By Jennifer Holberg
Marilynne Robinson’s most recent book is When I Was a Child I Read Books. She was interviewed by Jennifer L. Holberg at the Buechner Institute at King College. Read the complete interview in Image #74.
Image: Teaching seems very central to your identity. You were once given a very large and prestigious grant to free you up from teaching, and yet after only a year and a half, you decided to give up the grant and to go back into the classroom. Can you talk about why the classroom is important to you, what you think teaching gives you?
Marilynne Robinson: This is often presented to me as a conflict—teaching and writing—and in terms of certain demands on my time and attention, it can be understood that way. But I think we have to break down categories that we’re used to, and one of the things I can report from my own experience is that teaching is as profoundly satisfying as bringing up a child, or re-creating a family culture. It feels right to do it. What have people done since antiquity? Teach each other. Learn from each other.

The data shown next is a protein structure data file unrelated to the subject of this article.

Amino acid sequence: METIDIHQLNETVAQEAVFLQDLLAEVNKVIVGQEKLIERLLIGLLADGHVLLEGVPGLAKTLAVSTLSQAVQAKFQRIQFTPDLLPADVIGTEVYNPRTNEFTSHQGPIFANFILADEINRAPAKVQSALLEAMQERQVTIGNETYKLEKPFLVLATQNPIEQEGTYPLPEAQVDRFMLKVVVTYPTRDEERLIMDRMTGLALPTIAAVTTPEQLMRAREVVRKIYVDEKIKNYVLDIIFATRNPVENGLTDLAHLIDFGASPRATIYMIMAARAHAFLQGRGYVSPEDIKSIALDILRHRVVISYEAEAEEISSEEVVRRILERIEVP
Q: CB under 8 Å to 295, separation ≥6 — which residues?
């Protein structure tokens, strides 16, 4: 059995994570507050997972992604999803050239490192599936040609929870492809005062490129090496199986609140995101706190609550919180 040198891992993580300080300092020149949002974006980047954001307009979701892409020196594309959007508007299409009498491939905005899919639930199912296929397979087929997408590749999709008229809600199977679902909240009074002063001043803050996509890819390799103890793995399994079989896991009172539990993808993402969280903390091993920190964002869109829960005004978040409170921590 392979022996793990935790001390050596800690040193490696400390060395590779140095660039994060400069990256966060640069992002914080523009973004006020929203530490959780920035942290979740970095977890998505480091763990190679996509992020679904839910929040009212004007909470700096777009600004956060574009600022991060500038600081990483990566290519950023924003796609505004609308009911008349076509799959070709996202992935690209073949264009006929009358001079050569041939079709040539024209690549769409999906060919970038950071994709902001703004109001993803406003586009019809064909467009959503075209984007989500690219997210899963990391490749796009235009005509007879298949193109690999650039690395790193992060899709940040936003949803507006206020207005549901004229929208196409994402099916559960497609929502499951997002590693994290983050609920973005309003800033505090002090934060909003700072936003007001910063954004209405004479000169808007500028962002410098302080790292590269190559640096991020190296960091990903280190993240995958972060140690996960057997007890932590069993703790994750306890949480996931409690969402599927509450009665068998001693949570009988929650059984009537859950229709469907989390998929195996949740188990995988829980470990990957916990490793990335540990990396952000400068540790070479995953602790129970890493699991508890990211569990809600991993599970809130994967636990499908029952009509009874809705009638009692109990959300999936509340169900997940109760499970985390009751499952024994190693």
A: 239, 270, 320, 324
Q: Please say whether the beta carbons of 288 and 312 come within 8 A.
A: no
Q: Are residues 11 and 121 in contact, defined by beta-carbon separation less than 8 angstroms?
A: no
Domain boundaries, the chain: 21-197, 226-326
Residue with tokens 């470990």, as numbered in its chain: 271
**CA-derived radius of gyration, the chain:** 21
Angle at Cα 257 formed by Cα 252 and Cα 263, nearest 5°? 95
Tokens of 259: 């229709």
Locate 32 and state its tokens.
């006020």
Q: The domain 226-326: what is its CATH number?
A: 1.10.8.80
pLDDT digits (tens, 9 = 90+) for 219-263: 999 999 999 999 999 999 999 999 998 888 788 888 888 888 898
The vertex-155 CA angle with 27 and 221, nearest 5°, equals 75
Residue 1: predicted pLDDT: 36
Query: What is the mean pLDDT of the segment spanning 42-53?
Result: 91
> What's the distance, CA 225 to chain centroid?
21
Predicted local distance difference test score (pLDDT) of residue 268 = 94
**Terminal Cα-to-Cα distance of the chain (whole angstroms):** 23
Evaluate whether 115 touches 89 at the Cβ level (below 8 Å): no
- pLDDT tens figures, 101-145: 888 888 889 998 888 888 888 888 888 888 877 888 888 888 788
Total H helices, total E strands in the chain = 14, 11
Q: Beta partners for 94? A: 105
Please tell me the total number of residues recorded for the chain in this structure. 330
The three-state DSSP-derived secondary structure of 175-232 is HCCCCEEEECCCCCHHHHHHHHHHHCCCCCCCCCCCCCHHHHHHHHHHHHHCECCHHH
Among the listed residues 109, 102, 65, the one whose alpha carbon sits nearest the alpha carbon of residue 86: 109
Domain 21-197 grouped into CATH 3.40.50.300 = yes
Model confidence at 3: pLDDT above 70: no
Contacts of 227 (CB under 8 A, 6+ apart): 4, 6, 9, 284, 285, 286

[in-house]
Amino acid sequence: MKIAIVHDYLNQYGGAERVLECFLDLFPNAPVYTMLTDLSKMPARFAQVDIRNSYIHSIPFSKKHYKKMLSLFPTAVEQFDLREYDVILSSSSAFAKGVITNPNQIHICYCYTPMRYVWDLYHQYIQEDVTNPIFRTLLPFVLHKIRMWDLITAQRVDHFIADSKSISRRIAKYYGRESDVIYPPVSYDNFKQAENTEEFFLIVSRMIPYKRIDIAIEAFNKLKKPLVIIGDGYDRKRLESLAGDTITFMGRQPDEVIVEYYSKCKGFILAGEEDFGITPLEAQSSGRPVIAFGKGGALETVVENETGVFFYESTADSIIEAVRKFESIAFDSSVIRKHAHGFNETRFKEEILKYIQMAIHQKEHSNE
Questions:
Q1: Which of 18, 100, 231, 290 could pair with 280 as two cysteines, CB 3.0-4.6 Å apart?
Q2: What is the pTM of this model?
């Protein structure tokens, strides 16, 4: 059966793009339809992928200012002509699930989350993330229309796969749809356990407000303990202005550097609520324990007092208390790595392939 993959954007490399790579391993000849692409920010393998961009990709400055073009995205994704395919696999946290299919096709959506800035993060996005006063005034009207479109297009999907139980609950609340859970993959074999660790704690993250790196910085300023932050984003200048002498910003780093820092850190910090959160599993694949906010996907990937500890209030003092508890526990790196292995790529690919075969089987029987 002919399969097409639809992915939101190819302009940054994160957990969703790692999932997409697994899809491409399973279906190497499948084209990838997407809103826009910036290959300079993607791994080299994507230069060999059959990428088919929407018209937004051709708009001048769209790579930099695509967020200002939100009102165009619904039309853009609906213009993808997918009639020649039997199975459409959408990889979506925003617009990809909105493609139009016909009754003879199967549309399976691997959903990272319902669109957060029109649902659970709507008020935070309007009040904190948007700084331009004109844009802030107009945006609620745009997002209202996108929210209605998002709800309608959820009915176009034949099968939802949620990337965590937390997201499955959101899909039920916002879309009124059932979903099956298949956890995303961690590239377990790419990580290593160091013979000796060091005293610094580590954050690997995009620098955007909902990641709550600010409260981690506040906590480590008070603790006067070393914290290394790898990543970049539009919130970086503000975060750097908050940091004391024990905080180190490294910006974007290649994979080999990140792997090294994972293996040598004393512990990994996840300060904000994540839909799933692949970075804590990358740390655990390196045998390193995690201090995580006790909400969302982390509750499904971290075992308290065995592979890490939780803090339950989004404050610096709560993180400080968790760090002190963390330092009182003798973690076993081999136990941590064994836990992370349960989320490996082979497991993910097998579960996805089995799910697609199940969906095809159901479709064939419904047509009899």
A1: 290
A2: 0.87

I was reading that they have found evidence that people in pre-human culture navigated routinely to one of the islands in the Mediterranean and colonized it to the extent that there is a substantial cache of pre-human artifacts there. This was seventy thousand years ago or more, early enough that those people somehow or other didn’t satisfy our definition of “people.” What narrative would lie behind their ability to navigate to this island over a long distance of open water? They couldn’t have done it with a raft—they had to have had something better. What history would lie behind developing something better than a raft? They say that tool-making goes back seven hundred thousand years in Africa. You figure that people probably didn’t have very long life expectancies. How could they?—especially people who did something as perilous as navigating open water in God knows what kind of a vessel. So they must have been training each other, enculturating each other continuously from about as early as would be possible in a pre-human kid. The fact that there is such early evidence of these technologies and of such complex behavior implies that people have to have been teaching. People have to have been learning. It’s the passing down of the wealth of any present knowledge that allows the accumulation of knowledge and makes people capable of these things. I really do believe that the whole of human civilization is tied up in teaching and learning as ritualized human behavior. When I teach I feel like I’m doing something right, natural, good for me to be doing. When I give up teaching, I feel as if something important has left my life.